Freud refused to work with professional models, as he considered his nudity as an hypocrisy. After too many posing sessions, the professional's skin had become an artificial cloth.
Paradoxically, the way Freud treats naked figures gives the spectator both a feeling of reality and mystery. Naked figures are anonymous and dissociated but at the same time they become so close due to our uncomfortable proximity to the model, as we are inside the studio. Consequently, the painter lets the observer break into the model's intimacy, leaving him in a very special vulnerable position.
On the contrary, dressed figures appear to be less intimate. Observing “Two Irishmen in W11” (1984), figures seem tensed and cautious, and their eyes seem to escape from the spectator's sight, as trapped in an embarrassing or difficult situation.
While portraying himself, Freud used the same principles as before, as shown in “Reflection, portrait” (1981). Nevertheless, he affirms that a self-portrait is a difficult challenge for an artist, as it is found at the same time the model busied, the viewer viewed and the mirror intervening. Therefore, a portrait could be only considered as a visual reflection of himself; individuality needs from other people's point of view to be defined and contrasted.
In conclusion, the whole of Freud's work could be partially considered as the antithesis of Sigmund's psychoanalysis. On the one hand he used his painting as a means to represent the model's psychology, but, on the other hand, he was no longer interested in exploring the reason for each subjects' psychology.
During the last decades, Freud has not only consolidated his style but has reached an absolute domination of the technique, maintaining a continuous discipline in his palette. With heavy brush strokes and thick layers of paint, he has been able to approach the nakedness of the human figures, letting them express themselves through the flesh. They are identifiably flesh-and-blood characters, caught in natural but uncomfortable poses, represented in the eyes of the painter, who makes no effort to smooth over any detail of our bodies (veins, fatness, wrinkles are clearly visible) but focuses on showing the vulnerability and strength found at the same time in every human being.
In addition, Lucian Freud's personal style has led some critics to classify his work as réaliste. However, I personally agree with those who affirm that his paintings are far from Réalisme; observing any of his human figures it could be said that Freud was not an expert in anatomy, as bodies seem to be made only of flesh, forgetting the bones. Furthermore, flesh is explored to the limits, adopting an independence from the rest of the body. Not only does flesh speak on her own but it becomes human, personalised. Simply, flesh adopts such an extremely human face that it can't let us think of reality.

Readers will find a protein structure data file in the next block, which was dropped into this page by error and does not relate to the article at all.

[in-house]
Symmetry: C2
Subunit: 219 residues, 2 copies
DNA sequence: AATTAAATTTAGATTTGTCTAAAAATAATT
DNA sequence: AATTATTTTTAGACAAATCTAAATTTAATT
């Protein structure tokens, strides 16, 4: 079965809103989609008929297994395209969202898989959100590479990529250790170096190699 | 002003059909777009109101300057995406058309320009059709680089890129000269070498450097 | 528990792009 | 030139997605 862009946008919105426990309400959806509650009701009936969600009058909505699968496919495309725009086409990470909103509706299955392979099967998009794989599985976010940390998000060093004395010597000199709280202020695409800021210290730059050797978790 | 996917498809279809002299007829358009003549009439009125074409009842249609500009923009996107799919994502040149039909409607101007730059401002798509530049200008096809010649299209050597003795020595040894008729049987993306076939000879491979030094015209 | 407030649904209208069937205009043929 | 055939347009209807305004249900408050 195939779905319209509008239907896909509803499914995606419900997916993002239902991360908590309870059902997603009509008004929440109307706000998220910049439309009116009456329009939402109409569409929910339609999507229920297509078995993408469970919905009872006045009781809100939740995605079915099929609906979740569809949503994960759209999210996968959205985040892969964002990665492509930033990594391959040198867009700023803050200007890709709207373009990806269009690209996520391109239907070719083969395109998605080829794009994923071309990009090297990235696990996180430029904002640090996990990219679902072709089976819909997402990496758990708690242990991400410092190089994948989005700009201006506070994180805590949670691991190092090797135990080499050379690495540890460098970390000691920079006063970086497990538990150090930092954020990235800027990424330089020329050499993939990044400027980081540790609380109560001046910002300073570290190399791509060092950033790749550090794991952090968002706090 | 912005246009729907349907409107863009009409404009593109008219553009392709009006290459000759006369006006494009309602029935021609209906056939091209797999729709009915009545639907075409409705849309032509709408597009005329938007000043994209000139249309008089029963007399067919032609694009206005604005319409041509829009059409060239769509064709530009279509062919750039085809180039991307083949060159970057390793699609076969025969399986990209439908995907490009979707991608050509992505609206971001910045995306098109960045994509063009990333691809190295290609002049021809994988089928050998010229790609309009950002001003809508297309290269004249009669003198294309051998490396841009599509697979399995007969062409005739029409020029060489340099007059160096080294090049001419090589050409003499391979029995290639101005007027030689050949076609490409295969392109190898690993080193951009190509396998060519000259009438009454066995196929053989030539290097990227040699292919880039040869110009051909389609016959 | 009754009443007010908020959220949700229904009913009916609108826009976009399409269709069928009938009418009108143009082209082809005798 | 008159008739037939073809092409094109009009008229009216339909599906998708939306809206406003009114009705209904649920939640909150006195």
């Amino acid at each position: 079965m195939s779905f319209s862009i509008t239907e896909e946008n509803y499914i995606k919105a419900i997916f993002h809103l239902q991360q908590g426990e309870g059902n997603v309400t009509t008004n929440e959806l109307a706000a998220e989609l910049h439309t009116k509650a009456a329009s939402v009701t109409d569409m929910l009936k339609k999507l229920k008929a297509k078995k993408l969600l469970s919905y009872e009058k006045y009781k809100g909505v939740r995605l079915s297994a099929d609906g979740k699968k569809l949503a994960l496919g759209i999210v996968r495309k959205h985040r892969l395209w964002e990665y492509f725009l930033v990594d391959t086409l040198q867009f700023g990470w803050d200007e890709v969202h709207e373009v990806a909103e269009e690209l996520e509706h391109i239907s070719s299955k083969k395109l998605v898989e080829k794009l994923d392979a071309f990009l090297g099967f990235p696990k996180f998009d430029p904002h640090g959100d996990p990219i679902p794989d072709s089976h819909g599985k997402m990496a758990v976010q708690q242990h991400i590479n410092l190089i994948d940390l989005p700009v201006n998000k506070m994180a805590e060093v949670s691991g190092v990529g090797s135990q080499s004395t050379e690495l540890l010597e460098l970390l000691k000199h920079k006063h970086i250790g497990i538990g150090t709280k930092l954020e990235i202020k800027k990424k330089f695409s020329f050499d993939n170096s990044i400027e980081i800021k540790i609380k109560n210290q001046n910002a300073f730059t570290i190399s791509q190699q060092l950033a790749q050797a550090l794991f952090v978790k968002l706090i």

Secondly, his absolute dominion of the technique has led Lucian Freud to be catalogued as “the Ingres of existentialism” (Herbert Read). Using techniques of the XIX century he successfully managed to represent the anguishes and afflictions of the XX century. As Freud, Ingres insisted on the need for discipline and absolute precision while persecuting naturalisme of the forms. Nevertheless, Freud is not searching for the esthetical perfection but using his technique to achieve perfection in portraying anxiety and other human feelings with a remarkable human sensibility. The evolution in his paintings could be compared to the evolution of the Flemish painters, who were among Lucian Freud's favourites. It seems clear that while his earlier works could remind us of the detailed and luminous portraits of Van Eyck, his later style stays closer to Rembrandt's impasto portraits or the palpable nudes of Rubens.
To sum up, Lucian Freud's absolute control of the technique and meticulous style have made Figurisme his best means of expression. Far from social Réalisme, his aim has been to revalue the immediate present through the representation of the human figure, in times when the artistic panorama was completely opposite ( Pop Art, Minimalisme...). In fact, his work could be understood as a revelation to the vacuity of much of contemporary art, which refuses to acknowledge the stories that every human being has to tell. To the Andy Warhol's self-definition of his work: "They are exactly as they seem; there is nothing behind them", Freud replied: "I want there to be everything behind mine".
From London. Catalogue of the exhibition, 1995. Fundació Caixa Catalunya. The British Council. Scottish National Gallery of Art.
A Story of Art. GOMBRICH, Ernst. 16th edition. 1995
Guide on the Lucian Freud exhibition. Tate Britain, by William Feaver.
Personal Notes on “The milieu of Lucian Freud” Seminar. Caixaforum. November - December 2002.
Lucian Freud : Retrograde or Vanguardist? - 8
|Enviado por:||Andrea Rodés|